Two hours into a lengthy road trip with my husband and daughter, Erin finally dozes off. I turn off her iPad and Barney’s sing-song voice is replaced by the welcome sound of silence. Bill and I exhale and take in the increasingly urban landscape along Virginia’s Interstate 95. When traveling with Erin, who has autism, sleep is like gold dust. A calm descends and for sixty miles we’re just two parents traveling with a sleeping teenager in the back – a banal scene reoccurring on roads all over the country. I revel in the normalcy of it all.
This is not the first time I’ve coasted – imagining that our life with Erin is just as hum-drum as the rest. I have a hunch I’m not alone.
After her husband died suddenly journalist Joan Didion wrote a book, The Year of Magical Thinking,that recounts the surreal time of mourning and thinking after losing a loved one. She recalls how her mind played tricks, convincing her at times that her beloved was still there and life was as it should be.
Nineteen years down the road of raising a special needs child, I can point to many times I’ve engaged in my own version of magical thinking and the crucial moments that pulled me back. It’s a cyclical tug of war and a symbiotic relationship – that helps to smooth the edges and at the same time helps to process the enormity of it all.
As moms do, I always knew something was a little off, but wanted to believe Erin was just like all the other babies in our playgroup. Even though her fine motor and self-soothing skills lagged far behind the others, she was equally fascinated by picture books and brightly colored stuffed animals, and her ability to sit spellbound through our Mommy and Me music classes rivaled any of her peers. So when a highly esteemed London neurologist concluded: “There’s a wide range of normal and Erin happened to fall on the edge of that range,” I latched on to the word normal and ran.
A few months later, however, a geneticist, with a very poor bedside manner, confirmed my suspicions were grounded. Erin was not like all the other babies. She was born with an extra part of Chromosome 15, which placed her squarely on the autism spectrum. Speech, motor, and sensory impairments were no longer a hazy hunch but instead spelled out in black and white – as were cognitive and behavioral challenges and a high probability of seizure activity. Grim to say the least but not unsurmountable especially when you magically reframe the picture.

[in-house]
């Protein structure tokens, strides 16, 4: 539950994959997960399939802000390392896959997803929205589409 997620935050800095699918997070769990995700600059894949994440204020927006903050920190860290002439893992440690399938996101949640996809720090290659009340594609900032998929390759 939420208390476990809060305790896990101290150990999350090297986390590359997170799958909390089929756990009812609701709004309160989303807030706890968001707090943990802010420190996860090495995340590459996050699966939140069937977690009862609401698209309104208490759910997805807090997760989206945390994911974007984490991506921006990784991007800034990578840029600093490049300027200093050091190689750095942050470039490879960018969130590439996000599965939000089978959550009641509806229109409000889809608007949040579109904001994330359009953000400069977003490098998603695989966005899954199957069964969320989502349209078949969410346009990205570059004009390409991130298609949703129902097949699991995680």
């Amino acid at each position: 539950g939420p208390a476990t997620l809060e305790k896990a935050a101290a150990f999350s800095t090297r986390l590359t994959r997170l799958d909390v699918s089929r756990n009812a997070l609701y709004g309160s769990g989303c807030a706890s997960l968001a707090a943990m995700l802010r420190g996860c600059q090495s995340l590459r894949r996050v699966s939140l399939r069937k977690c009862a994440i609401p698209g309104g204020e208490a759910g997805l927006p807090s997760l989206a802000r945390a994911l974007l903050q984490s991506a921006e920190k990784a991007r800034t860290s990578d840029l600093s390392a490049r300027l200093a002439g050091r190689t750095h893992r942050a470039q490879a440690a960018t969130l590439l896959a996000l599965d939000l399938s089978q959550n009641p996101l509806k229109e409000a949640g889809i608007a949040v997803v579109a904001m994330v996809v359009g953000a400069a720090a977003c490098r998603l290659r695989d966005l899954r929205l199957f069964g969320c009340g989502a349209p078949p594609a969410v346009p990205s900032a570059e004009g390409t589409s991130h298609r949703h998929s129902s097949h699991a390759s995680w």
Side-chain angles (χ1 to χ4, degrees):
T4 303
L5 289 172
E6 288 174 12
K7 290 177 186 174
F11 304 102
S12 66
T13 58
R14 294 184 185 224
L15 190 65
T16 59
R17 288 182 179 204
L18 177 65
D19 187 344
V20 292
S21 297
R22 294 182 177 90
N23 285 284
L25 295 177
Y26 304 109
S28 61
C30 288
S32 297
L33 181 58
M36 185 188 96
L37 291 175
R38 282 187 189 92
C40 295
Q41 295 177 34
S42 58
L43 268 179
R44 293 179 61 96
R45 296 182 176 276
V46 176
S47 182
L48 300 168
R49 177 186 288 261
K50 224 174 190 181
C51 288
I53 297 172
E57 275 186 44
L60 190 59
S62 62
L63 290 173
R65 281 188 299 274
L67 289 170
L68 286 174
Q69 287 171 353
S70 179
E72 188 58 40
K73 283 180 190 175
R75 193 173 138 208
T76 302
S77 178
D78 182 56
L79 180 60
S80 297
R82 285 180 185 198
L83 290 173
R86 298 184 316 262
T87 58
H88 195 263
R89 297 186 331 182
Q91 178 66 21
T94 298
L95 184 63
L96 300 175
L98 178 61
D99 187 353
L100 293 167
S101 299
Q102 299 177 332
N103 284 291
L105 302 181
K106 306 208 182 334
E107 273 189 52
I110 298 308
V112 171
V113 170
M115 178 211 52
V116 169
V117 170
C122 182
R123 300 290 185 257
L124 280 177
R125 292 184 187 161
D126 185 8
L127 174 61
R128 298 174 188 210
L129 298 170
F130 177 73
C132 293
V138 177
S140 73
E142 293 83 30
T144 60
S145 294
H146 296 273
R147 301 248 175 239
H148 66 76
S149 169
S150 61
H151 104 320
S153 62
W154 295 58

Even when all evidence points to the contrary you can still convince yourself that things are fine – and make them so. We walked a different path but it was parallel to that of other families. While other toddlers joined playgroups and played together in the park, we hosted a team of Early Intervention therapists who brought games and told stories and formed a circle of friends around Erin. She loved them. I loved them. They gave us a chance to stand back and breathe and to delight in Erin’s smallest accomplishments. “Oh my gosh you have to see this,” they would call for me to come and cheer her on. It was fine – it was more than fine. It was life-sustaining.
Erin attended a typical preschool alongside her younger brother. She wore a uniform and looked just like the other kids. With an aide by her side, she went on field trips, sat for circle time, made holiday decorations. Yes, there were the occasional meltdowns, she did not know how to engage or converse or play appropriately with other students but the school provided a much-needed sense of normalcy and the time and space to engage in some ‘magical thinking’ while we processed, adjusted and tried to understand where we were going and what Erin needed.
As the years went by, life provided some other opportunities to coast. We moved out of the city and she played on our swing set with kids in the neighborhood. Thanks to an exceptionally dedicated teacher she was able to attend and thrive within a small self-contained classroom in one of our town’s elementary schools. While never in sync with her peers, she and her classmates became part of the fabric of the community. Kids of all ages got to know her and celebrate her and she was happy.
Middle School, as it tends to across the board, threw us some curveballs. Our town had no classroom or ‘cohort:’ a group of closely aged children of similar cognitive ability. So began years of musical schools, landing every now and then in a fantastic setting that worked for a limited time. Erin, who is now 19, has been at her current placement for three years and she is happy.
When the road trip wraps up and we arrive home many Disney Movies and music videos, McDonald’s fries and M&Ms later I will open a letter from the Board of Ed stating that next year Erin will age out of state-mandated educational services and we have to start thinking about options for “the future.” “The District” requests our presence at an official meeting to discuss “the possibilities.”
I don’t want to meet. I don’t want to discuss. Erin loves her school and her teacher and her routine. But I’ve been here before – wanting to reach for some nonexistent pause button – to put time on hold and to pretend that today is the only day we have to consider. I know it’s going to be hard. No transition has ever been easy – but I also know, eventually, it’s going to be ok. It might even be better than OK and Erin will be happy.
Rosy prospects aside, though I’m putting that meeting on hold. Today, instead, Erin and I are going to go shopping. Just a mom and a daughter perusing the aisles excited about what we might find.
Eileen Flood O’Connor is a writer and mother of four, the oldest of whom, Erin, has an autism spectrum disorder. She writes often about parenting and the joys and challenges of raising a special needs child alongside three ‘lively’ boys.